Here in the middle of June, Pride Month, we are experiencing a renewed focus on the Black Lives Matter movement. The heightened grief of inequality is being felt far and wide. It is important to remember that many of the conversations we are having are not merely at this moment, but are ongoing conversations to be had year-round.
It can be so easy to become disempowered by the constant stream of social media posts and newsroom videos about the state of our world. This can lead to anxiety, the overburden of our nervous system, even to feeling numb. Without even realizing it we can remain in a constant state of fight, flight, or freeze when constantly ‘taking in’ the injustices of the world.
Maybe we are a marginalized person who wants to take empowered action, or we simply want to show up as an ally, but we don’t know how to move forward.
When we slow down our fight or flight response we can make choices and take action from a place of compassion instead of depletion. We get out of survival mode, into the present moment, and into our bodies. We then create space to pause and see all the available ‘next steps’ because we are in response mode instead of reaction mode.
If we are an ally: fear of saying or doing the wrong thing can often keep us from using our voices at all to make a positive change in the world. We might feel like we are walking on eggshells when the conversation comes up around diversity and inclusion if we are not a part of that particular group.
Language is ever-evolving but the need to remain open-hearted, speak from a place of vulnerability, will never fail.

3 Tips to Stay Mindful During Difficult Conversations


Are you wearing socks?

Feel your feet on the ground. We can so often get stuck in our heads down a social media rabbit hole and forget where our body is in space! I’ve done it. It is very ungrounding and can increase our state of fight or flight.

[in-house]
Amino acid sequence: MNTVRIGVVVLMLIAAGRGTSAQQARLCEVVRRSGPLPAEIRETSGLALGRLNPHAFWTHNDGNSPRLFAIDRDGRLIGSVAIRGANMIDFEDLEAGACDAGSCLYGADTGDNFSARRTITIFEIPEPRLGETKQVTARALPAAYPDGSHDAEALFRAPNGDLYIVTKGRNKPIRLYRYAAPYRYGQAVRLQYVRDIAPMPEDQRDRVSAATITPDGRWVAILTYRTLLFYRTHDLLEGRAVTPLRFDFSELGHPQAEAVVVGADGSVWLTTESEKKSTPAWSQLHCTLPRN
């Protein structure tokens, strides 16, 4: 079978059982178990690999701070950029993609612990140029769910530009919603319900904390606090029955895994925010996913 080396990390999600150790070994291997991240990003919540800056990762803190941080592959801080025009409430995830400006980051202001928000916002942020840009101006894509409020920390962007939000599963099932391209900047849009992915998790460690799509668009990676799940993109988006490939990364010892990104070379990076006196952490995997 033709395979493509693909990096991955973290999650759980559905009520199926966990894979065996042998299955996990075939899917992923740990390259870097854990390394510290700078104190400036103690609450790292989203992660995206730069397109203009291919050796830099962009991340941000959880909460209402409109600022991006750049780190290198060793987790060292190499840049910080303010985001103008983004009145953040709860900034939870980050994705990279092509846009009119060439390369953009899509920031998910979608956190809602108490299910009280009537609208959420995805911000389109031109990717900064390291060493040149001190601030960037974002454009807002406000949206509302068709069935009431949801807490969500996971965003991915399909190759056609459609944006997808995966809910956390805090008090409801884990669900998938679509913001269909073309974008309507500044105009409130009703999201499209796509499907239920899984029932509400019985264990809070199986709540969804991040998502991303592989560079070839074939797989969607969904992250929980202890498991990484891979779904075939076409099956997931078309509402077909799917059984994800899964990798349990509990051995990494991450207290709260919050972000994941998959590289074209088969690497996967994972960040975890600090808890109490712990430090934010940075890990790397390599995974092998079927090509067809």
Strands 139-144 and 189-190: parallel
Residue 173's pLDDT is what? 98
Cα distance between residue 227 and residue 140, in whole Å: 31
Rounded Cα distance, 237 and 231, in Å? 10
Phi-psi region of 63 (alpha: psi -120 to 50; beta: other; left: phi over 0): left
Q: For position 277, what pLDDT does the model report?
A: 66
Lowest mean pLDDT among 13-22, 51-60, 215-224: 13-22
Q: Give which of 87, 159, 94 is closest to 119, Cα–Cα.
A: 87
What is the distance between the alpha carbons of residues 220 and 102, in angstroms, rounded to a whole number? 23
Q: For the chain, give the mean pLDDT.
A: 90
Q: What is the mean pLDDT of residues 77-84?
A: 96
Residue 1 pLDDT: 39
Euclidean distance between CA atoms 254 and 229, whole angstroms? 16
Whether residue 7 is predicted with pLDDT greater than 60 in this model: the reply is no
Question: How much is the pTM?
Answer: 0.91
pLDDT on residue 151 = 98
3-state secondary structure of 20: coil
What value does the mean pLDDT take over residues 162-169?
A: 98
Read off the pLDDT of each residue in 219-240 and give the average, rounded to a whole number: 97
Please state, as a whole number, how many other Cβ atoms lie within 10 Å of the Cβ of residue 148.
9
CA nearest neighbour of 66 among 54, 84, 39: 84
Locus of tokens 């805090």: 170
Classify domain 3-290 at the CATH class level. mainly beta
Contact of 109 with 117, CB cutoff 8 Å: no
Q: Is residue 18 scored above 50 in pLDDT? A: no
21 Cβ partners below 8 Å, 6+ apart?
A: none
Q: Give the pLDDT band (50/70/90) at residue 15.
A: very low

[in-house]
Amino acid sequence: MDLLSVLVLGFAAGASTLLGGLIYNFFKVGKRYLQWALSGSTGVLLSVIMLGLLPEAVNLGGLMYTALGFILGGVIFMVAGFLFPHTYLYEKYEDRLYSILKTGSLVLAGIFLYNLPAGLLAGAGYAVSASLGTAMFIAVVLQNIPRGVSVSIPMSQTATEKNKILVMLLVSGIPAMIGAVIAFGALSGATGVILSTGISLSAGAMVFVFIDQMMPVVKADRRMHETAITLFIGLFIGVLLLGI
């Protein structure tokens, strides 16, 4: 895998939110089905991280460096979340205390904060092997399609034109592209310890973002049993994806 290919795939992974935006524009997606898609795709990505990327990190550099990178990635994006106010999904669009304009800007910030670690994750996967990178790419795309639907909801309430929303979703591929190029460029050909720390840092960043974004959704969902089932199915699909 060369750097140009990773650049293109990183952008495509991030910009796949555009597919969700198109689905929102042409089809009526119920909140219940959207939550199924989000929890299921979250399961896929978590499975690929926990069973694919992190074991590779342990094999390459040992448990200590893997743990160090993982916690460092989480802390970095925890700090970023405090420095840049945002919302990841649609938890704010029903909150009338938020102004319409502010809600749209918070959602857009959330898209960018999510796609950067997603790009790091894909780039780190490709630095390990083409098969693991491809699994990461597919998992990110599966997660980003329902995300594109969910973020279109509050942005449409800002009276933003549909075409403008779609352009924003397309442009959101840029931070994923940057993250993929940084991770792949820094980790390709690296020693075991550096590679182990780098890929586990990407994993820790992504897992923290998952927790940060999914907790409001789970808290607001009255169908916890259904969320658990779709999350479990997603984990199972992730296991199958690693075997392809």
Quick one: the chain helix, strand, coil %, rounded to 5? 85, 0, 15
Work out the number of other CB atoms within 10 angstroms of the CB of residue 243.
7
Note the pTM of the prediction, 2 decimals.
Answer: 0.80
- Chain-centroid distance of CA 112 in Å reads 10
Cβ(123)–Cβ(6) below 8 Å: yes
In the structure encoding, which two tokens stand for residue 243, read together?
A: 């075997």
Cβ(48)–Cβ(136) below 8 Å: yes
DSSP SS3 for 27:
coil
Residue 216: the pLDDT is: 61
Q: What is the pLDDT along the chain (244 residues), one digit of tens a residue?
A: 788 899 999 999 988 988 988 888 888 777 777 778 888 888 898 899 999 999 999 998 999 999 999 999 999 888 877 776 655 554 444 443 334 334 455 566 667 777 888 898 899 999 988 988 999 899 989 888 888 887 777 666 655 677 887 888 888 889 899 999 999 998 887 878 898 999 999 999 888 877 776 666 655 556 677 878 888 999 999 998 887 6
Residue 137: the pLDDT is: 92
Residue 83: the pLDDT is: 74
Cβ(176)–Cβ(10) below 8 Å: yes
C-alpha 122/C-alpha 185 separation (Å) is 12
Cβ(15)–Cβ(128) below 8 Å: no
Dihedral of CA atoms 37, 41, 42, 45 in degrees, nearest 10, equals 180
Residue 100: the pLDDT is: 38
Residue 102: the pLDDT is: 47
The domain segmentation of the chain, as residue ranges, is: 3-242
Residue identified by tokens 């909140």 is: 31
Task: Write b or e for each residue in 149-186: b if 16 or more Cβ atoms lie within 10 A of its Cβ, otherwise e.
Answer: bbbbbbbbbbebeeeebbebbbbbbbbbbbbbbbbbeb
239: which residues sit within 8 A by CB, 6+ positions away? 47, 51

Anxiety often manifests in our torso as more rapid breathing or upset stomach.
When we consciously choose to focus on the lowest point of our body it interrupts the thought pattern and brings us back into our body to begin calming down our nervous system.

Wake Up & Smell the Coffee.

Mindfully bringing your awareness to your five senses does similar things as feeling your feet on the ground.
Mentally note:
  • Five things I can see?
  • Four things I can touch?
  • Three things I can hear?
  • Two things I can smell?
  • One thing I can taste (maybe you still taste the coffee you were drinking earlier).

Get Curious.            

What emotions are present for me?

We often judge emotions within ourselves like fear, guilt, shame, or anger.
Get curious about what these emotions are trying to tell you.

When something doesn’t feel right internally, it can be an indicator that something outside us needs to change or our internal perspective needs to shift. When we recognize the emotions that are uncomfortable without judgment we can slow down the momentum by getting mindful, and just letting them be there. Again, trust they are there for a reason.

Allow Yourself to Dream.

Come back to your “Why”.

When we are overwhelmed by present circumstances we often forget the importance of having a vision of what we actually want to create.

We are detached from our creativity to dream of something new we want to create when our brain is just in fight or flight. Create space for yourself to come back and remember the vision of your “why”. Are you making positive change in the world because you know everyone deserves to be seen in their inherent wholeness?

Organizational Inclusivity During COVID-19

Ankit Shah

Career Consultant in the Lhota Office of Alumni Career Management at The Ohio State University
Ankit has more than nine years of experience in the career management field within higher education and K-12 settings. He has advised students and alumni at Methodist University, Denison University, Columbus State Community College, and The Ohio State University. He had the privilege of assisting underserved as well as underrepresented populations in his entire professional journey, specifically in the lens of P-20. Now, due to his diverse educational and professional journey, he is able to use all of his experiences to work with the multi-generational alumni to assist with their diverse careers in the Office of Alumni Career Management at The Ohio State University.